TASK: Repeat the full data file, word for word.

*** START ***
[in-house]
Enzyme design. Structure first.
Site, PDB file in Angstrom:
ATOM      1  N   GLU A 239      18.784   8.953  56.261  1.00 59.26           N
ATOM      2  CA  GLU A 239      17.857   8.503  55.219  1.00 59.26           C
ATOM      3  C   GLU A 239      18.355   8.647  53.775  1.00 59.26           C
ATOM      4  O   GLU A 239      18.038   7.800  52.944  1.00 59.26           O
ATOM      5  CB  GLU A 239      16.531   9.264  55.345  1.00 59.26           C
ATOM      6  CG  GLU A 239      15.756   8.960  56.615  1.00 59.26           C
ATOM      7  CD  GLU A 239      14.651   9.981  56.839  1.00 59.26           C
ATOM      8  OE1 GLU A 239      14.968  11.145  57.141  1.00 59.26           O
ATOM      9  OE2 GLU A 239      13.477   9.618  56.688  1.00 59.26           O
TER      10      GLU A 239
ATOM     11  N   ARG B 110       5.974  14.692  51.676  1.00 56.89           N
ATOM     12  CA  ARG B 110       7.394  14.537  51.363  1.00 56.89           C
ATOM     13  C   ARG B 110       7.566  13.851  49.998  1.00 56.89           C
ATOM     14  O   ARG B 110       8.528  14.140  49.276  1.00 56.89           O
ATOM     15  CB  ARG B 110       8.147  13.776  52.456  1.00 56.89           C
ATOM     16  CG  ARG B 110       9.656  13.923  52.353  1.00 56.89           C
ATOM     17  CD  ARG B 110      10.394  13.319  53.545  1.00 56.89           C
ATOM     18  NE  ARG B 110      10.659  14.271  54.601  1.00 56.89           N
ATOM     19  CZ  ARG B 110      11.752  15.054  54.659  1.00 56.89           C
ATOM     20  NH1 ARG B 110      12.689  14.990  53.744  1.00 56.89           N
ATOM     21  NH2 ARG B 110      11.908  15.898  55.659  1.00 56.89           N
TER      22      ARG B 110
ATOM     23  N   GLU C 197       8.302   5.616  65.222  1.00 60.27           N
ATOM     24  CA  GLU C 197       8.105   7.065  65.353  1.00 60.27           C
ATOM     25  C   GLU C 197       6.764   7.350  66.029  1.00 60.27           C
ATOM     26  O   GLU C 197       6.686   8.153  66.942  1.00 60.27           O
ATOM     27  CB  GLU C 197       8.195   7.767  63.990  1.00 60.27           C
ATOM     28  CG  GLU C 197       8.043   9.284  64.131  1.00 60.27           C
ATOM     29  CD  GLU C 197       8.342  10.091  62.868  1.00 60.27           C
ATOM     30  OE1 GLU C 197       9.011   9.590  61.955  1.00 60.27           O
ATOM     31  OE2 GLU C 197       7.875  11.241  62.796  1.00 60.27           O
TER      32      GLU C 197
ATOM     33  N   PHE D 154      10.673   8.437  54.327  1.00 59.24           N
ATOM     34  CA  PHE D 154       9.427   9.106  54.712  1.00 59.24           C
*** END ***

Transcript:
[in-house]
Enzyme design. Structure first.
Site, PDB file in Angstrom:
ATOM      1  N   GLU A 239      18.784   8.953  56.261  1.00 59.26           N
ATOM      2  CA  GLU A 239      17.857   8.503  55.219  1.00 59.26           C
ATOM      3  C   GLU A 239      18.355   8.647  53.775  1.00 59.26           C
ATOM      4  O   GLU A 239      18.038   7.800  52.944  1.00 59.26           O
ATOM      5  CB  GLU A 239      16.531   9.264  55.345  1.00 59.26           C
ATOM      6  CG  GLU A 239      15.756   8.960  56.615  1.00 59.26           C
ATOM      7  CD  GLU A 239      14.651   9.981  56.839  1.00 59.26           C
ATOM      8  OE1 GLU A 239      14.968  11.145  57.141  1.00 59.26           O
ATOM      9  OE2 GLU A 239      13.477   9.618  56.688  1.00 59.26           O
TER      10      GLU A 239
ATOM     11  N   ARG B 110       5.974  14.692  51.676  1.00 56.89           N
ATOM     12  CA  ARG B 110       7.394  14.537  51.363  1.00 56.89           C
ATOM     13  C   ARG B 110       7.566  13.851  49.998  1.00 56.89           C
ATOM     14  O   ARG B 110       8.528  14.140  49.276  1.00 56.89           O
ATOM     15  CB  ARG B 110       8.147  13.776  52.456  1.00 56.89           C
ATOM     16  CG  ARG B 110       9.656  13.923  52.353  1.00 56.89           C
ATOM     17  CD  ARG B 110      10.394  13.319  53.545  1.00 56.89           C
ATOM     18  NE  ARG B 110      10.659  14.271  54.601  1.00 56.89           N
ATOM     19  CZ  ARG B 110      11.752  15.054  54.659  1.00 56.89           C
ATOM     20  NH1 ARG B 110      12.689  14.990  53.744  1.00 56.89           N
ATOM     21  NH2 ARG B 110      11.908  15.898  55.659  1.00 56.89           N
TER      22      ARG B 110
ATOM     23  N   GLU C 197       8.302   5.616  65.222  1.00 60.27           N
ATOM     24  CA  GLU C 197       8.105   7.065  65.353  1.00 60.27           C
ATOM     25  C   GLU C 197       6.764   7.350  66.029  1.00 60.27           C
ATOM     26  O   GLU C 197       6.686   8.153  66.942  1.00 60.27           O
ATOM     27  CB  GLU C 197       8.195   7.767  63.990  1.00 60.27           C
ATOM     28  CG  GLU C 197       8.043   9.284  64.131  1.00 60.27           C
ATOM     29  CD  GLU C 197       8.342  10.091  62.868  1.00 60.27           C
ATOM     30  OE1 GLU C 197       9.011   9.590  61.955  1.00 60.27           O
ATOM     31  OE2 GLU C 197       7.875  11.241  62.796  1.00 60.27           O
TER      32      GLU C 197
ATOM     33  N   PHE D 154      10.673   8.437  54.327  1.00 59.24           N
ATOM     34  CA  PHE D 154       9.427   9.106  54.712  1.00 59.24           C